[Volute] r3637 - trunk/projects/dal/ADQL

Volute commit messages volutecommits at g-vo.org
Tue Oct 18 18:38:15 CEST 2016


Author: yrvafhom
Date: Tue Oct 18 18:38:15 2016
New Revision: 3637

Log:
Fixed section references

Modified:
   trunk/projects/dal/ADQL/ADQL.tex

Modified: trunk/projects/dal/ADQL/ADQL.tex
==============================================================================
--- trunk/projects/dal/ADQL/ADQL.tex	Tue Oct 18 18:01:34 2016	(r3636)
+++ trunk/projects/dal/ADQL/ADQL.tex	Tue Oct 18 18:38:15 2016	(r3637)
@@ -410,8 +410,8 @@
 \subsection{Mathematical and Trigonometrical Functions}
 \label{sec:math.functions}
 
-ADQL declares a list of reserved keywords (Section 2.1.2) which defines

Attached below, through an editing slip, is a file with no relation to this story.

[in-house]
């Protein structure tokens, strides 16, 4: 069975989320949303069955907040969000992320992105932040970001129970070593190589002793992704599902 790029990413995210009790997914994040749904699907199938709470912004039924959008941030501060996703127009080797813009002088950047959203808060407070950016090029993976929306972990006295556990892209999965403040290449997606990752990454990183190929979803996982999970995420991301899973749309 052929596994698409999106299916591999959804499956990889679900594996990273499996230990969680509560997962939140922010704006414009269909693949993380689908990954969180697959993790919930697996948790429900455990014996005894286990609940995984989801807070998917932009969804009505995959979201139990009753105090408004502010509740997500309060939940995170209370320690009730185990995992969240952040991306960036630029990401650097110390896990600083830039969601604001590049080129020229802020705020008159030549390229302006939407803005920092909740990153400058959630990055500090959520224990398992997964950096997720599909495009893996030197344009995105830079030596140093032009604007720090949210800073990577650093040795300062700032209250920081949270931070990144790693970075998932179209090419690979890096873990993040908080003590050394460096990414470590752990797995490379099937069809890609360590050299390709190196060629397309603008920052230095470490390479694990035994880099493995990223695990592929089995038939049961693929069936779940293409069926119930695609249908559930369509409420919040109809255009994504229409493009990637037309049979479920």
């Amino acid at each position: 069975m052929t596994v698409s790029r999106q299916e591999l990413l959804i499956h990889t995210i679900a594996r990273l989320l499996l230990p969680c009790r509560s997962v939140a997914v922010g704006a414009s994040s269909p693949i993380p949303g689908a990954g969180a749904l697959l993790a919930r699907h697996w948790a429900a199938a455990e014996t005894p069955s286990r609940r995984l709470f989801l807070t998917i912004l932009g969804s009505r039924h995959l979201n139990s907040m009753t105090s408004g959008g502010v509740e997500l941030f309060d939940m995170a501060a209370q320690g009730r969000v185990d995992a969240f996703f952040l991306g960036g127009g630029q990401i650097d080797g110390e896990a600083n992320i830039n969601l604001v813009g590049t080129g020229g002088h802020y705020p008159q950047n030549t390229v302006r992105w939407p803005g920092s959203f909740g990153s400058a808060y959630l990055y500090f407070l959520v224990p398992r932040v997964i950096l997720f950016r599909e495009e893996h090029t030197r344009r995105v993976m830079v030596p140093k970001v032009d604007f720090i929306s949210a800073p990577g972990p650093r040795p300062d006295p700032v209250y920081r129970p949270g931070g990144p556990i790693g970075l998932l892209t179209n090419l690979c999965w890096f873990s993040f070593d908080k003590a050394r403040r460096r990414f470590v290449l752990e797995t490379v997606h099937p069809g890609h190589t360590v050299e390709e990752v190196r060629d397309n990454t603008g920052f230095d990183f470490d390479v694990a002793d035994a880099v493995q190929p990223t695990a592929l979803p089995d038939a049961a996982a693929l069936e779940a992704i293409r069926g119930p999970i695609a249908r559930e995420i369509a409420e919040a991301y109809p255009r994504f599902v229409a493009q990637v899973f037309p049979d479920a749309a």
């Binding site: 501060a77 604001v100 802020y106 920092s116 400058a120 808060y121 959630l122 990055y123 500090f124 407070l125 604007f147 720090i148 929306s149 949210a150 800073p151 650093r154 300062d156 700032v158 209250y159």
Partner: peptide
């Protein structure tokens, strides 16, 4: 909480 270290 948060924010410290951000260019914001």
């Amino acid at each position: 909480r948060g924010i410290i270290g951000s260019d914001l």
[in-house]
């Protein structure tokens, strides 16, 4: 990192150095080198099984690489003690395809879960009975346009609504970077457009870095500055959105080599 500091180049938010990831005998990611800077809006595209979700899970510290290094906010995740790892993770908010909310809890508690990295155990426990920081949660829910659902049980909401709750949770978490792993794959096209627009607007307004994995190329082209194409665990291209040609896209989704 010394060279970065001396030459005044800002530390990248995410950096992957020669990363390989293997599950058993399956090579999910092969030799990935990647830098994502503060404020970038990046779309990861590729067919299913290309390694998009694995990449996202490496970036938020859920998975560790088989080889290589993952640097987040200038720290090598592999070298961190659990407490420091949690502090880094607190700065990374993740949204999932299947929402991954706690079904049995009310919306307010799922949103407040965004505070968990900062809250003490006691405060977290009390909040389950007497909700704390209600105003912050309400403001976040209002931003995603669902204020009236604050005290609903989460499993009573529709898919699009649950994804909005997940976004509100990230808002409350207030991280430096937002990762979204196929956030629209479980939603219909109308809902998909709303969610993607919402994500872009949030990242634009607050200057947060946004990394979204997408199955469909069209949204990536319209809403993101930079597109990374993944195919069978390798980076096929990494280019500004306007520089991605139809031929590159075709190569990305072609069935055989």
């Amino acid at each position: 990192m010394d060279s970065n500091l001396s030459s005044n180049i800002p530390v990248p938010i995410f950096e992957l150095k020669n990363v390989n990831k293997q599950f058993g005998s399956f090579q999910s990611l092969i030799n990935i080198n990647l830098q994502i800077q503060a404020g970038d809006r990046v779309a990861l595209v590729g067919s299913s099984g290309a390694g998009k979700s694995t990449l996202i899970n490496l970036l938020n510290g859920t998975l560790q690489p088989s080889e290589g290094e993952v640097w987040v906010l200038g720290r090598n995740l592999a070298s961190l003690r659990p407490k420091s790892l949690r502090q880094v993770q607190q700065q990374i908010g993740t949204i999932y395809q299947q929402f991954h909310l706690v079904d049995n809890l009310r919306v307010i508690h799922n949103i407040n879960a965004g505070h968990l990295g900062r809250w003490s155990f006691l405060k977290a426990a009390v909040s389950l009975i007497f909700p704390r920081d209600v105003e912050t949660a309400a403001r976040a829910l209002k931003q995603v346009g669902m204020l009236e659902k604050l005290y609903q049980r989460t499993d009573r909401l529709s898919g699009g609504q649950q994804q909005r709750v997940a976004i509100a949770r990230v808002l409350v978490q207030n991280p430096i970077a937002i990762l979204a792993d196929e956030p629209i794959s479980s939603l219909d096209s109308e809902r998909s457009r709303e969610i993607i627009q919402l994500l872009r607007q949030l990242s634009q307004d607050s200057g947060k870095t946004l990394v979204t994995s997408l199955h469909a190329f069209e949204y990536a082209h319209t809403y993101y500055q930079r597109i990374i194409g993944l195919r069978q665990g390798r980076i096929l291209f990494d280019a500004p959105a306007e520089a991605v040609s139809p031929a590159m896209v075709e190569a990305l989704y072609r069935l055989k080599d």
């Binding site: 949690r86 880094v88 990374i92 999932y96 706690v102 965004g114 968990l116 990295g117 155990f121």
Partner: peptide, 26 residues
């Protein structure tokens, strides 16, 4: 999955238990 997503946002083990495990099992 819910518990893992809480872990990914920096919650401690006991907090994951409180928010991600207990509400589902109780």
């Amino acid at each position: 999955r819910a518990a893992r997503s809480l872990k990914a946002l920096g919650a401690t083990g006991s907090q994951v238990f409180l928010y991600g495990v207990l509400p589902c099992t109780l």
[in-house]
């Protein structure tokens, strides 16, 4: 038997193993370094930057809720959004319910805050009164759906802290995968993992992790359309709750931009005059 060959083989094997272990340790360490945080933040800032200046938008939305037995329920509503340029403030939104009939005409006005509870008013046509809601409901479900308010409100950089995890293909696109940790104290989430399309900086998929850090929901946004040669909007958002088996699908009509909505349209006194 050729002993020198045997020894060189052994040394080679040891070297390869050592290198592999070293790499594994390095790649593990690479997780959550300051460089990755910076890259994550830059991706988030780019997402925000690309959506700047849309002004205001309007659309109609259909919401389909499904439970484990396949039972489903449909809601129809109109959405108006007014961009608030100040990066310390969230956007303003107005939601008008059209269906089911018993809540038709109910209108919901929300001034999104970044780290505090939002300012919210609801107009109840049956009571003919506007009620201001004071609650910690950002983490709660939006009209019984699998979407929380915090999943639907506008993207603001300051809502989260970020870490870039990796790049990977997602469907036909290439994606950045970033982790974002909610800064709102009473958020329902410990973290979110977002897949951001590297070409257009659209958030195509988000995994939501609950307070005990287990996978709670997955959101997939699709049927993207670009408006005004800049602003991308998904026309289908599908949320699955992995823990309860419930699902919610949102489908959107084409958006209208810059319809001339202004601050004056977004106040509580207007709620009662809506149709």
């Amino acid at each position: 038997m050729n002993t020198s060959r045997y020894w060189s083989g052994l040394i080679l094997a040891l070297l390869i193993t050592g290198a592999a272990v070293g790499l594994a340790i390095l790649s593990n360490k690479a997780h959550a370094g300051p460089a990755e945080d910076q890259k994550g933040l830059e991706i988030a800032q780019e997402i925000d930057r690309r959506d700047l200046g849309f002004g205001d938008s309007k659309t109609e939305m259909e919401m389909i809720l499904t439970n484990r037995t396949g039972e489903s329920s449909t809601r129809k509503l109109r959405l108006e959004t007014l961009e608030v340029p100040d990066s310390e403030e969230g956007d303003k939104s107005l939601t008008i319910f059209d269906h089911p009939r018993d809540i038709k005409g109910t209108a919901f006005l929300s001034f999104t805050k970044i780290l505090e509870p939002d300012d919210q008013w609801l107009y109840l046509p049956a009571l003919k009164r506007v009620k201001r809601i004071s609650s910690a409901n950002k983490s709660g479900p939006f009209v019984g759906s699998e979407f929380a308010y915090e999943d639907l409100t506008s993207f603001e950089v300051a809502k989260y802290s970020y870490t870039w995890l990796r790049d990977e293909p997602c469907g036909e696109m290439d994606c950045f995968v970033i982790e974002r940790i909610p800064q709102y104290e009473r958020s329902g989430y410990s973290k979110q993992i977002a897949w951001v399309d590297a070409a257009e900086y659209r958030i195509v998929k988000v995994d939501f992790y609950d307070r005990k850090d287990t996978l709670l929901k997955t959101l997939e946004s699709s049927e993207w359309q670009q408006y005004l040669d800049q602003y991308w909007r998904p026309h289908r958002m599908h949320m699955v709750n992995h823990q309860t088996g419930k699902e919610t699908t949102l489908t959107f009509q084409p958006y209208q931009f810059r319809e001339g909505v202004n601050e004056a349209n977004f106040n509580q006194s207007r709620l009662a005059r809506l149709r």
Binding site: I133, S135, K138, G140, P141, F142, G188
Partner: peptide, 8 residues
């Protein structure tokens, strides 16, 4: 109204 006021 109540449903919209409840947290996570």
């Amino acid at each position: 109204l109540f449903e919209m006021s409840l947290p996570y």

-a set of mathematical and trigonometrical function names. Their syntax,
+ADQL declares a list of reserved keywords (Section \ref{sec:keywords}) which include
+the mathematical and trigonometrical function names. Their syntax,
 usage and description are detailed in the following tables:
 
 \begin{table}[thm]\footnotesize
@@ -823,6 +823,7 @@
 \subsection{Geometrical Functions}
 \label{sec:geom.functions}
 \subsubsection{Overview}
+\label{sec:geom.functions.overview}
 
 In addition to the mathematical functions, ADQL provides a set of geometrical
 functions to enhance the astronomical usage of the language.
@@ -844,7 +845,7 @@
 \end{itemize}
 
 Special attention has to be paid to the REGION function. As can be seen more
-in detail in Section 2.4.14, this construct is a general purpose function and
+in detail in Section \ref{sec:geom.functions.region}, this construct is a general purpose function and